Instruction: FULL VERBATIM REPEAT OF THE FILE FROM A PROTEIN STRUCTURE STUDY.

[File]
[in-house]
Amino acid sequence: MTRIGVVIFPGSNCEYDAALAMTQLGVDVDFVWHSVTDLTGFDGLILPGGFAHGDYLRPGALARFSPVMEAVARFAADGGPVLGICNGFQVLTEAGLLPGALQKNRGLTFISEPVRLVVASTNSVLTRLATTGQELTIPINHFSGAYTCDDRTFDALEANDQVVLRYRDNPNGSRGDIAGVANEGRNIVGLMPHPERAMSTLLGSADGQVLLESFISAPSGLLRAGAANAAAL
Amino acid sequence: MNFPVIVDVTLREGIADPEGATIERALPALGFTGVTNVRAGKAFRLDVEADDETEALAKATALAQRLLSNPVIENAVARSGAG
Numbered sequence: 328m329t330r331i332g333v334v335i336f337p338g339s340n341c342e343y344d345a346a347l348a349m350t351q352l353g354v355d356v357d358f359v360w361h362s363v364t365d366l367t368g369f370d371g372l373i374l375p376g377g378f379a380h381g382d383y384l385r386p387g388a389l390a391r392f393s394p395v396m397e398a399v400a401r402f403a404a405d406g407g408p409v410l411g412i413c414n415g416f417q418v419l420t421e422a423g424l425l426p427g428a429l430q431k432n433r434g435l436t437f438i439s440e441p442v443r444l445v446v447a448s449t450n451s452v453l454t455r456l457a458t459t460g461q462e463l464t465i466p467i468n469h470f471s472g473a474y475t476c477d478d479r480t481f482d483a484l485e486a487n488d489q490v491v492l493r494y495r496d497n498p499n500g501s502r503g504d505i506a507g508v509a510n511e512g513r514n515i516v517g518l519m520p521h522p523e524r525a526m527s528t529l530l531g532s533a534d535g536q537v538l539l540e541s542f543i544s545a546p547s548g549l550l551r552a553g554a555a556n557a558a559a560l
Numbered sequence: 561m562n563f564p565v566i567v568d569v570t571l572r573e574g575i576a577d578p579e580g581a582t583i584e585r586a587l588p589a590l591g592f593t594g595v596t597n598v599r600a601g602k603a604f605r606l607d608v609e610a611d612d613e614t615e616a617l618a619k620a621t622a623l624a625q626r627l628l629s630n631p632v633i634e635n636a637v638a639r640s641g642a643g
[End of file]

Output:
[in-house]
Amino acid sequence: MTRIGVVIFPGSNCEYDAALAMTQLGVDVDFVWHSVTDLTGFDGLILPGGFAHGDYLRPGALARFSPVMEAVARFAADGGPVLGICNGFQVLTEAGLLPGALQKNRGLTFISEPVRLVVASTNSVLTRLATTGQELTIPINHFSGAYTCDDRTFDALEANDQVVLRYRDNPNGSRGDIAGVANEGRNIVGLMPHPERAMSTLLGSADGQVLLESFISAPSGLLRAGAANAAAL
Amino acid sequence: MNFPVIVDVTLREGIADPEGATIERALPALGFTGVTNVRAGKAFRLDVEADDETEALAKATALAQRLLSNPVIENAVARSGAG
Numbered sequence: 328m329t330r331i332g333v334v335i336f337p338g339s340n341c342e343y344d345a346a347l348a349m350t351q352l353g354v355d356v357d358f359v360w361h362s363v364t365d366l367t368g369f370d371g372l373i374l375p376g377g378f379a380h381g382d383y384l385r386p387g388a389l390a391r392f393s394p395v396m397e398a399v400a401r402f403a404a405d406g407g408p409v410l411g412i413c414n415g416f417q418v419l420t421e422a423g424l425l426p427g428a429l430q431k432n433r434g435l436t437f438i439s440e441p442v443r444l445v446v447a448s449t450n451s452v453l454t455r456l457a458t459t460g461q462e463l464t465i466p467i468n469h470f471s472g473a474y475t476c477d478d479r480t481f482d483a484l485e486a487n488d489q490v491v492l493r494y495r496d497n498p499n500g501s502r503g504d505i506a507g508v509a510n511e512g513r514n515i516v517g518l519m520p521h522p523e524r525a526m527s528t529l530l531g532s533a534d535g536q537v538l539l540e541s542f543i544s545a546p547s548g549l550l551r552a553g554a555a556n557a558a559a560l
Numbered sequence: 561m562n563f564p565v566i567v568d569v570t571l572r573e574g575i576a577d578p579e580g581a582t583i584e585r586a587l588p589a590l591g592f593t594g595v596t597n598v599r600a601g602k603a604f605r606l607d608v609e610a611d612d613e614t615e616a617l618a619k620a621t622a623l624a625q626r627l628l629s630n631p632v633i634e635n636a637v638a639r640s641g642a643g